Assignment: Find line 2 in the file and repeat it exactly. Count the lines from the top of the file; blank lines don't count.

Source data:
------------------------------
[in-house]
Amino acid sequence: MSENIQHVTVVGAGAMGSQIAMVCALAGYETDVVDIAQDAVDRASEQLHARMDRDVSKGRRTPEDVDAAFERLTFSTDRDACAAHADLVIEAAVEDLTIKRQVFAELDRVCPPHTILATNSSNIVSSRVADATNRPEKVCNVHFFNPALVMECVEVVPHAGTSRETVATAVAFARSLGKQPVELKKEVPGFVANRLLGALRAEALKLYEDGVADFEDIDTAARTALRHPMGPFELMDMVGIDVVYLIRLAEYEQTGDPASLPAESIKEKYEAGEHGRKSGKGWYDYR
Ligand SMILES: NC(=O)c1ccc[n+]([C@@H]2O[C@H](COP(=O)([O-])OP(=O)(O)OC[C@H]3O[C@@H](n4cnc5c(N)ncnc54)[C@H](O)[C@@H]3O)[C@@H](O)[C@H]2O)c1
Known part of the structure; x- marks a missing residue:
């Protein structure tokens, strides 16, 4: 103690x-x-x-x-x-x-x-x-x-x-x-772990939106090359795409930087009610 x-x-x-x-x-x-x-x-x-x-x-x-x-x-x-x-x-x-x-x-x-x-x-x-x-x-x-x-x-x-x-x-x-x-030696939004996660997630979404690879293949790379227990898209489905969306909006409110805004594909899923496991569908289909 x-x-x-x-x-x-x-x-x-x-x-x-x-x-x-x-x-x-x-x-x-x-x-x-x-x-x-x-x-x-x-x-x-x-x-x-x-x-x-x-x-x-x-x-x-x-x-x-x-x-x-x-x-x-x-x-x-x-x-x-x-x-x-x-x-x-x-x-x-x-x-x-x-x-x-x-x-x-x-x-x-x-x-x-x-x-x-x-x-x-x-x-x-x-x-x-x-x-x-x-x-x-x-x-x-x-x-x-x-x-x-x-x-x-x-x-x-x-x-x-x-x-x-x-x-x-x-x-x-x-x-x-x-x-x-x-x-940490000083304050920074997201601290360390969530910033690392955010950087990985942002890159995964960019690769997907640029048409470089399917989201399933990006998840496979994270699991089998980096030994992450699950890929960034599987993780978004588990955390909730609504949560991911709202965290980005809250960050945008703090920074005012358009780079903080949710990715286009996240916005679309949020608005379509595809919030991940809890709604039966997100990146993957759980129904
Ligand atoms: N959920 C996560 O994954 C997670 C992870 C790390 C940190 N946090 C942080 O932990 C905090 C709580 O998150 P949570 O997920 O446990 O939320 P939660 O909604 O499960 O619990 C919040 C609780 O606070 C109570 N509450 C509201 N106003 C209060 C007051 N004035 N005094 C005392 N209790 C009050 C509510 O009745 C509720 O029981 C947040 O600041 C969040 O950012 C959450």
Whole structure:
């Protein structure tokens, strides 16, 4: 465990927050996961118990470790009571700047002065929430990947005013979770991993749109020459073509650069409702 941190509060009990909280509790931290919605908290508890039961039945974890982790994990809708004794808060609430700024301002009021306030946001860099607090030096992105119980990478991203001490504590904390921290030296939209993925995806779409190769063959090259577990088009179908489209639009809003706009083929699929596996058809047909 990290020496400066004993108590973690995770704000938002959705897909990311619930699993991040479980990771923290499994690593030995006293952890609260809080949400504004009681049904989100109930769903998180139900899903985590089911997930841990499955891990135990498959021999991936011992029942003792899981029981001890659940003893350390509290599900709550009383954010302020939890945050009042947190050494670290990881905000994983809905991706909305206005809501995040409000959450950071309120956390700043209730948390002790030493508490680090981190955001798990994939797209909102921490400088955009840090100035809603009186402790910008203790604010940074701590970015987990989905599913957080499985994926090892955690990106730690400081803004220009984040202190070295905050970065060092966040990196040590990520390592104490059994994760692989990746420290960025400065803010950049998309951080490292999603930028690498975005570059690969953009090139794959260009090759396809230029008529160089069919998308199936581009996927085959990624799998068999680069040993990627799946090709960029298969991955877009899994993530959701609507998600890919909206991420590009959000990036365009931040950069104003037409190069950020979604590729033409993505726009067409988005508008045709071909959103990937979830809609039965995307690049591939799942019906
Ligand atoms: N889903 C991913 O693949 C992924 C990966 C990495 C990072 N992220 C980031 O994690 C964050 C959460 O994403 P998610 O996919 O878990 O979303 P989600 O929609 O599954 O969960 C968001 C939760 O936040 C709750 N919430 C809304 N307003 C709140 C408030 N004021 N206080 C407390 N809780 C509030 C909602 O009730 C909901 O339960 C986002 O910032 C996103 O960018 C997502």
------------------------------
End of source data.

Amino acid sequence: MSENIQHVTVVGAGAMGSQIAMVCALAGYETDVVDIAQDAVDRASEQLHARMDRDVSKGRRTPEDVDAAFERLTFSTDRDACAAHADLVIEAAVEDLTIKRQVFAELDRVCPPHTILATNSSNIVSSRVADATNRPEKVCNVHFFNPALVMECVEVVPHAGTSRETVATAVAFARSLGKQPVELKKEVPGFVANRLLGALRAEALKLYEDGVADFEDIDTAARTALRHPMGPFELMDMVGIDVVYLIRLAEYEQTGDPASLPAESIKEKYEAGEHGRKSGKGWYDYR